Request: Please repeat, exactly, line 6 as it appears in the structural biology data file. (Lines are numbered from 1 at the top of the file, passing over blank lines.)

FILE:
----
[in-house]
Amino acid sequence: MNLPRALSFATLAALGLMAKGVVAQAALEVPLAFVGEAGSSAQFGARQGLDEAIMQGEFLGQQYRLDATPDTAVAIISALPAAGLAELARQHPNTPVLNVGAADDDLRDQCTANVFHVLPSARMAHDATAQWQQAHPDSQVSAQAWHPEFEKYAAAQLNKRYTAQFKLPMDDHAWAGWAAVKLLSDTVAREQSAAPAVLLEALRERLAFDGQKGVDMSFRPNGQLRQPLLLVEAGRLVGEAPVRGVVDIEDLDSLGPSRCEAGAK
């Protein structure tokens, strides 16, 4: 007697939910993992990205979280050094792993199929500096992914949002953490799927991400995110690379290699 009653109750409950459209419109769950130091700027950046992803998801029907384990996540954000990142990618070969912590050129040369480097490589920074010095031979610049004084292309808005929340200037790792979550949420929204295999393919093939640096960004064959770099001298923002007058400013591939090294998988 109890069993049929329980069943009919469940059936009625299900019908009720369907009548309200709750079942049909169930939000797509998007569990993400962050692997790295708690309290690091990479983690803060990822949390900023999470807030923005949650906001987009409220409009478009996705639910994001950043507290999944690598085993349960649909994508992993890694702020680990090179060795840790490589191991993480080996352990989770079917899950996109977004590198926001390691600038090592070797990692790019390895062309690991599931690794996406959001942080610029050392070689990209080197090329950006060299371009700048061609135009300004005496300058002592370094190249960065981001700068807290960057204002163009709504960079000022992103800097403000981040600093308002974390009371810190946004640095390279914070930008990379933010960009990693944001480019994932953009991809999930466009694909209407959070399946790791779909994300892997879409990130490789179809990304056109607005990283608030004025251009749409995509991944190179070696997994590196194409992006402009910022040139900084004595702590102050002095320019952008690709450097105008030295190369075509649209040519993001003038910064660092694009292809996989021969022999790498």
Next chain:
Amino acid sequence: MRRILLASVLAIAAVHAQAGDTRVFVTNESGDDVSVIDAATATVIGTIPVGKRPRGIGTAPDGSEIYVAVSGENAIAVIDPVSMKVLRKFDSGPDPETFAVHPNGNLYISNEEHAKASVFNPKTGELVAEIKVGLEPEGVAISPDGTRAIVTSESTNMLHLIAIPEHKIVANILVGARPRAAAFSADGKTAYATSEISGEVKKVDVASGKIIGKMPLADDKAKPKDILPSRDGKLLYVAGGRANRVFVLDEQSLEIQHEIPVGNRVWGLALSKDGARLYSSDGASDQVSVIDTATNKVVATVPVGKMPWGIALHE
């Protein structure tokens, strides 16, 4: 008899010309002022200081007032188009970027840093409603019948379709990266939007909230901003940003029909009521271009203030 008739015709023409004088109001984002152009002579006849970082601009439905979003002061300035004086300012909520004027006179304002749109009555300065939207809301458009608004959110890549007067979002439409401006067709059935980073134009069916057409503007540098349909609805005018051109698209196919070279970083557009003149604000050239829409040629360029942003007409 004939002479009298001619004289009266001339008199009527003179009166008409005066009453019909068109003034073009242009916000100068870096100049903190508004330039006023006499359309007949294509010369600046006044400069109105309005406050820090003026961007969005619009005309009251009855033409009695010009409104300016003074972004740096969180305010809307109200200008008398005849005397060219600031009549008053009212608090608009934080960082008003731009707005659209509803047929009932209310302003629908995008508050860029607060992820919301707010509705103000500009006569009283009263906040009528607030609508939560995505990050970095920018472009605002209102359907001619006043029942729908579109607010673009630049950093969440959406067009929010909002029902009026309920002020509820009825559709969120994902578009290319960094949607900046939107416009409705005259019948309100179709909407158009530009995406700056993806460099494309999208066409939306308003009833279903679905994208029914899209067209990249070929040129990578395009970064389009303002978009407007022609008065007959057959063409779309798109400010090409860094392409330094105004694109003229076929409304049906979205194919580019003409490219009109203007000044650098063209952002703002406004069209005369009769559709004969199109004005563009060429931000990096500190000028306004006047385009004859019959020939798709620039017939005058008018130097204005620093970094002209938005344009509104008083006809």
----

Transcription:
């Protein structure tokens, strides 16, 4: 008899010309002022200081007032188009970027840093409603019948379709990266939007909230901003940003029909009521271009203030 008739015709023409004088109001984002152009002579006849970082601009439905979003002061300035004086300012909520004027006179304002749109009555300065939207809301458009608004959110890549007067979002439409401006067709059935980073134009069916057409503007540098349909609805005018051109698209196919070279970083557009003149604000050239829409040629360029942003007409 004939002479009298001619004289009266001339008199009527003179009166008409005066009453019909068109003034073009242009916000100068870096100049903190508004330039006023006499359309007949294509010369600046006044400069109105309005406050820090003026961007969005619009005309009251009855033409009695010009409104300016003074972004740096969180305010809307109200200008008398005849005397060219600031009549008053009212608090608009934080960082008003731009707005659209509803047929009932209310302003629908995008508050860029607060992820919301707010509705103000500009006569009283009263906040009528607030609508939560995505990050970095920018472009605002209102359907001619006043029942729908579109607010673009630049950093969440959406067009929010909002029902009026309920002020509820009825559709969120994902578009290319960094949607900046939107416009409705005259019948309100179709909407158009530009995406700056993806460099494309999208066409939306308003009833279903679905994208029914899209067209990249070929040129990578395009970064389009303002978009407007022609008065007959057959063409779309798109400010090409860094392409330094105004694109003229076929409304049906979205194919580019003409490219009109203007000044650098063209952002703002406004069209005369009769559709004969199109004005563009060429931000990096500190000028306004006047385009004859019959020939798709620039017939005058008018130097204005620093970094002209938005344009509104008083006809």